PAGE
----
Betty Duffy

Thursday, December 17, 2009

Fighting the Man (Pt. 1)

We received a certified envelope today informing us that there will be a public hearing to rezone the cornfield next door to build an apartment complex. I knew it wouldn’t last forever, the cornfield, that is. It’s too conveniently located to so many amenities. I still don’t favor it, for a number of reasons. Anyone have experience in fighting the power? What kind of arguments hold sway in determining who is granted their desired zoning?


Karyn said...

Sometimes land is saved around here by some sort of farming heritage land trust - but I don't know much about it. Or, maybe if you can get the owner to start up a CSA or community garden, the positive press would save the field. Don't know what your community is like...Good luck though!

Erin said...

Legally, the land could be saved by a nonprofit conservation trust if it is ecologically significant (if it is home to a particular species or is a special biological environment). Being "farmland" is not considered ecologically significant, unfortunately, but it might be worth getting the attention of a conservation land trust just to be sure. Like the first comment says, I think there is promise if there is a movement to turn it into a community garden. "Environmentally friendly," and "locally grown" are all buzzwords right now and local governments love to get all the friendly press that is involved in creating one!

BettyDuffy said...

Being that this is a pretty rural area, I wonder if there would be much support for CSA. Though it would be an ideal location for it. Doesn't it depend on who owns the land? It sounds like it's already been purchased by this developer, and he just needs the zoning to get started.

Katherine said...

Land conservancy and zoning issues were hot topics where I most recently lived in the US - constant protests and show downs in city and county council meetings. Below are links to some of the organizations that were the most active and effective - they might have some helpful information or at least some ideas to try though some of it won't be transferable due to differences in local laws, etc.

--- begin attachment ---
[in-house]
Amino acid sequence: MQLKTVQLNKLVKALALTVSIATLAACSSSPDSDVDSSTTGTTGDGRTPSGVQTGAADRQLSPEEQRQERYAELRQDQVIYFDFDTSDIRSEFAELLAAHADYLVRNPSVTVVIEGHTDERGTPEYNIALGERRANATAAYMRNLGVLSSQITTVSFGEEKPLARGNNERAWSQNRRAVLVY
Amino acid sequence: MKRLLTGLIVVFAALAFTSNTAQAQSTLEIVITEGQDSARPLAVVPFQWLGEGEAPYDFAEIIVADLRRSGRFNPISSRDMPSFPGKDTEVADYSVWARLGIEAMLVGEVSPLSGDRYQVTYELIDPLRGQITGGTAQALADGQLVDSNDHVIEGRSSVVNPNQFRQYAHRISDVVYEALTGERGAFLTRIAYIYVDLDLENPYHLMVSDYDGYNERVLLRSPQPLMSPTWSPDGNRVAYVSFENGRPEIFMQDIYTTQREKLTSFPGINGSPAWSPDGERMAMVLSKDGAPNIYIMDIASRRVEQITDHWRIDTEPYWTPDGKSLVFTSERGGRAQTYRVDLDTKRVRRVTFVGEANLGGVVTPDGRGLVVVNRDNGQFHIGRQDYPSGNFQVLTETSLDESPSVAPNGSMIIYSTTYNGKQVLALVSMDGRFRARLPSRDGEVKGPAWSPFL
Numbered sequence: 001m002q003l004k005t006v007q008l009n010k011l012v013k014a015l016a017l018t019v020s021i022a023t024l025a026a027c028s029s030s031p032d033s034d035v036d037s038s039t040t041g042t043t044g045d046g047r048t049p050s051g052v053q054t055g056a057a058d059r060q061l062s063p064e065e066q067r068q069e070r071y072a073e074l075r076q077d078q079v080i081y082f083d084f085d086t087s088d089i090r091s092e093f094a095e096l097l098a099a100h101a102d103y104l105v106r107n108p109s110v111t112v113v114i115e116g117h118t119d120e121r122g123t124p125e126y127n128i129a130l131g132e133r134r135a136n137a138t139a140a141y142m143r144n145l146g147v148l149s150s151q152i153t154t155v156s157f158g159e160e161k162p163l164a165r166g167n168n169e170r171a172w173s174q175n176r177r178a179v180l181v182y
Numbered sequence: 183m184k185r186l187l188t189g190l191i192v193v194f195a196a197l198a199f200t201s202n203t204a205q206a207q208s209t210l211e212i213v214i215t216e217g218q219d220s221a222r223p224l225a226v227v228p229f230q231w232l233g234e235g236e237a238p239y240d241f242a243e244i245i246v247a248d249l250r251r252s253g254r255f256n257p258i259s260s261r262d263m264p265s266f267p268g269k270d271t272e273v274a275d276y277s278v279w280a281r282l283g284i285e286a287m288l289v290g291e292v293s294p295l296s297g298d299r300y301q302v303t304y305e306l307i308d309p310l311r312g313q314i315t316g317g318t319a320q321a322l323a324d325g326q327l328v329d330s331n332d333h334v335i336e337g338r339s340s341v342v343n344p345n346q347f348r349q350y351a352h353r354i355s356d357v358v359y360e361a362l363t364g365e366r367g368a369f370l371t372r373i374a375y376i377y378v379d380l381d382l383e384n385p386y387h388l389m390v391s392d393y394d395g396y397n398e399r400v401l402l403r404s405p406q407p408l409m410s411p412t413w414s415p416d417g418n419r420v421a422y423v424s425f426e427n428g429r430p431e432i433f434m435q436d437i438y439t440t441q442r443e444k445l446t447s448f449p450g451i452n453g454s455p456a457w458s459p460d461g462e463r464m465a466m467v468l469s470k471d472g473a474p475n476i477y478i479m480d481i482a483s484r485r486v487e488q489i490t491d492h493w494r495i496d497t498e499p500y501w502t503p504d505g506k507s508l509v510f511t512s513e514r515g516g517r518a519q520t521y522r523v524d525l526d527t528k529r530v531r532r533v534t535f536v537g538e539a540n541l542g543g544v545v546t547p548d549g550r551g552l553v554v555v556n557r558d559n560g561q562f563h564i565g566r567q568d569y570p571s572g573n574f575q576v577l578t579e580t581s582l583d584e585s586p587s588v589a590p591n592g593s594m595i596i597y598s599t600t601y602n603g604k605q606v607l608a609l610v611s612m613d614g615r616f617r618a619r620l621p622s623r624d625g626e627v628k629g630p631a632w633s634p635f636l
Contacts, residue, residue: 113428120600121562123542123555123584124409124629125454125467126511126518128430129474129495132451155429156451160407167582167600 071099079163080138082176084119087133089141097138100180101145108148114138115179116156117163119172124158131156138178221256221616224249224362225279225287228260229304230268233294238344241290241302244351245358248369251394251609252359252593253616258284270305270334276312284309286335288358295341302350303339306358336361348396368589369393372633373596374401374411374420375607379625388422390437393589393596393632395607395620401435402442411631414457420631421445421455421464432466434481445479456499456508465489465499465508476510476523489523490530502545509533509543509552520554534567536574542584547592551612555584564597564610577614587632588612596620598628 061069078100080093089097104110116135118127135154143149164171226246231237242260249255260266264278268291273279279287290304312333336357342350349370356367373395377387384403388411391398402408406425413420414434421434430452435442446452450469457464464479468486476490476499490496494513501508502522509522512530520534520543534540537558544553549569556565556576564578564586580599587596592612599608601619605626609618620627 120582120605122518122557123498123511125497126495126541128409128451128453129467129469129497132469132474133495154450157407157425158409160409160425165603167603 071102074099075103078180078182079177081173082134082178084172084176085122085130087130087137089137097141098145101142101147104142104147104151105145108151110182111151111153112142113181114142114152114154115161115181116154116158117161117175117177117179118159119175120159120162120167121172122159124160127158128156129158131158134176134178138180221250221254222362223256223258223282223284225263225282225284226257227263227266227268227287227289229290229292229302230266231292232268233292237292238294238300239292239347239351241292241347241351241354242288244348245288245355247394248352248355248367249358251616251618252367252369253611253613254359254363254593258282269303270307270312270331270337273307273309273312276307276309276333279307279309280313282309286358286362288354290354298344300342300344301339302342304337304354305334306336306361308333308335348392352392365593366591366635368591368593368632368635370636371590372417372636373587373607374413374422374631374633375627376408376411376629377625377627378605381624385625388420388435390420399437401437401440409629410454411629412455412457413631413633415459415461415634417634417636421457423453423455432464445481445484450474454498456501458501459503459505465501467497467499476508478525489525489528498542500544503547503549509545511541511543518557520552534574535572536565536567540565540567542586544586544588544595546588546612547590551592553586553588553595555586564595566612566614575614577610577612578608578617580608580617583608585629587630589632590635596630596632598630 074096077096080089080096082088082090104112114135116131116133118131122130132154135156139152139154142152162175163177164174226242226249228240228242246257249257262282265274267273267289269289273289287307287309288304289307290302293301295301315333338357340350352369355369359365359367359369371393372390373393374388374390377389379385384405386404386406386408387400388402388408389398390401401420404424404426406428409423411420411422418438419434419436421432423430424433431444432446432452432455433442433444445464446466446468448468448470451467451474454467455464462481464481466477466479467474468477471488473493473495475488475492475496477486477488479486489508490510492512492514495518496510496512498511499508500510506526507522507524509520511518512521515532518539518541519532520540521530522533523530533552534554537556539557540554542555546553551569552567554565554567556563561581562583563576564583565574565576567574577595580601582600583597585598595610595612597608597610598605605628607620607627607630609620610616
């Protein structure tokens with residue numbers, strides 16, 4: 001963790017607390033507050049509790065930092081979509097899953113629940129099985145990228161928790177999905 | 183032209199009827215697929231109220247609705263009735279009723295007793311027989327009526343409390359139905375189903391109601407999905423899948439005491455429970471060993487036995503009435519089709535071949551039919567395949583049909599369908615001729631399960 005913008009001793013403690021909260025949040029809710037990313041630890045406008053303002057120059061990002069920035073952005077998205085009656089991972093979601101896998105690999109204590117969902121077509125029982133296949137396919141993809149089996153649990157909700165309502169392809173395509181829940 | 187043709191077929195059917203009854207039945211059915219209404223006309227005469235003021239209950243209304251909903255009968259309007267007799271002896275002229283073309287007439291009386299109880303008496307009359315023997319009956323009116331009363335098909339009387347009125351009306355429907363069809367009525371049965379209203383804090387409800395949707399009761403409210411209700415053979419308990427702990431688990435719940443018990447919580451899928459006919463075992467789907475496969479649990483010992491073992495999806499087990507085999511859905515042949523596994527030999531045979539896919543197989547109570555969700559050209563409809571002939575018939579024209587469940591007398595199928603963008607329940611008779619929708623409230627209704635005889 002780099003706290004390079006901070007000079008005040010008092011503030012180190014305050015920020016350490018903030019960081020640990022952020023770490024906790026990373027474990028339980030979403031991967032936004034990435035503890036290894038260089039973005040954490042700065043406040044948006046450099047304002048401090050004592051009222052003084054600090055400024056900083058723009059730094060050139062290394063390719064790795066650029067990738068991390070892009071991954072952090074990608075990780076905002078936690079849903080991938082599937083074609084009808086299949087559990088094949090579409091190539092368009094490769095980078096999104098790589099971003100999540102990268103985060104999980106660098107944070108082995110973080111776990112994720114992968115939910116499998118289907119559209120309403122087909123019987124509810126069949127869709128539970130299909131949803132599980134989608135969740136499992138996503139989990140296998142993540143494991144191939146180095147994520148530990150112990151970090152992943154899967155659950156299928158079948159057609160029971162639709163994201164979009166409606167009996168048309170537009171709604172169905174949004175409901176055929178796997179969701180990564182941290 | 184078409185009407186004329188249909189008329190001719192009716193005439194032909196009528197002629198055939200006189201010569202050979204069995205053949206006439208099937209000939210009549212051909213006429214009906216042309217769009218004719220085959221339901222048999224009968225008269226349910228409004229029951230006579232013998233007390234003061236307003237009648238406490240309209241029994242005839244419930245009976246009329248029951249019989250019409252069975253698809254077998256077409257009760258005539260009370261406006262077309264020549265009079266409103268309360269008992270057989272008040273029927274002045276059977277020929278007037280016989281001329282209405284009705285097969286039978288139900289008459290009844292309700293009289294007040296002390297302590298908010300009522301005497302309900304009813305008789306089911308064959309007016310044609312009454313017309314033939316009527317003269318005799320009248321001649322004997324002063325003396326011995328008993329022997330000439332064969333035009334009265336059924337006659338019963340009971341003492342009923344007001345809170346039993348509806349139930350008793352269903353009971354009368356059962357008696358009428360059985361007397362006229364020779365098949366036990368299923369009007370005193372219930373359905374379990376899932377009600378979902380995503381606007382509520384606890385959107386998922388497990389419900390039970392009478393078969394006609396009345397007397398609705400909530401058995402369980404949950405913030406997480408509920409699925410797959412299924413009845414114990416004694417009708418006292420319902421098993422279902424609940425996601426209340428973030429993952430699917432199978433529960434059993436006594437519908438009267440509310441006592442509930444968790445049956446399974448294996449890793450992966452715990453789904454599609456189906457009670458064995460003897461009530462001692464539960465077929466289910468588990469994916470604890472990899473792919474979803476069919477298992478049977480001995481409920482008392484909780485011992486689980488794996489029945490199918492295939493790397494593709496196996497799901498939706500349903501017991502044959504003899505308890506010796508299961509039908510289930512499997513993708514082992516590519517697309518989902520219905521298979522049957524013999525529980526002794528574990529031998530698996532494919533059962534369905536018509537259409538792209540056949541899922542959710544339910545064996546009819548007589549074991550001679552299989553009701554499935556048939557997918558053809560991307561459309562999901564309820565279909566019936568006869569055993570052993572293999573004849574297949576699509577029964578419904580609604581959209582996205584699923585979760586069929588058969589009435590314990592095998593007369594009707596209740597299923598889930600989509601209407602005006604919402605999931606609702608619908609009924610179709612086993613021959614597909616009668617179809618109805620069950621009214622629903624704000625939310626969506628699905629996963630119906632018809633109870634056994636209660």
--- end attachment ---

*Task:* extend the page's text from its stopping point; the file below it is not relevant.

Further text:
Good luck! You're fighting the good fight from where I see it.
general land preservation
non-profit that turns undeveloped land into public parks (and she does this in one of the trendiest neighborhoods just outside of downtown - Karen is a force of nature unto herself)

Erin said...

Hmm, if the developer owns it already you're probably fighting an uphill battle. Someone would have to come in and prove that the land is home to some really ecologically significant species or habitat in order to reverse that. Probably the only way that could be reversed would be with the help of the federal government. Unless the developer is willing to sell, I think it would be almost impossible for a nonprofit to purchase it for a conservation trust. That is the extent of my legal knowledge - I'm sorry! Good luck!

Karyn said...

Wouldn't the land have to be zoned correctly for a developer to even want it? Would a developer want to buy land he or she might not get correct zoning for?

TS said...

We had a somewhat similar situation so we trooped out with a ton of fellow neighbors to the publicly-held meeting. The crowd was impressive.

The developer tried to sell his vision to the zoning council and to us: single-story condos to be leased to medical and dental professionals & such. The residents weren't too happy but all knew it couldn't last forever (i.e. the empty 4-acre field). The zoning commission re-zoned it for that particular use.

But then the developer decided to build two-story condos and a separate meeting was held on that, and a compromise was reached such that only 2 two-story condos would be built.

After renting the land to the state of Ohio for a year and making gob-fulls of money, the developer apparently decided it wasn't worth it not to have all two-story condos, so now he has the land up for sale again.

Don't know if that was much help but there you go.

BettyDuffy said...

I've been on the horn with the neighbors. The city has given us a couple days to go to the courthouse and view the plan. Then the hearing is the day after Christmas. How convenient for everyone. The field was originally purchased by a Church, which really is preferable since it would only be Sunday traffic (it's Protestant), but I guess they've sold off a portion of it, or maybe all of it. So it's being rezoned from religious R1 to Rm.

I guess our only hope would be that demand for apartments in this area would not be enough to finance the supply.

I'm still going to be a pill about it though. Christmas at the courthouse.

jen said...

as if the world needs another strip mall. i hope the cornfield can be saved.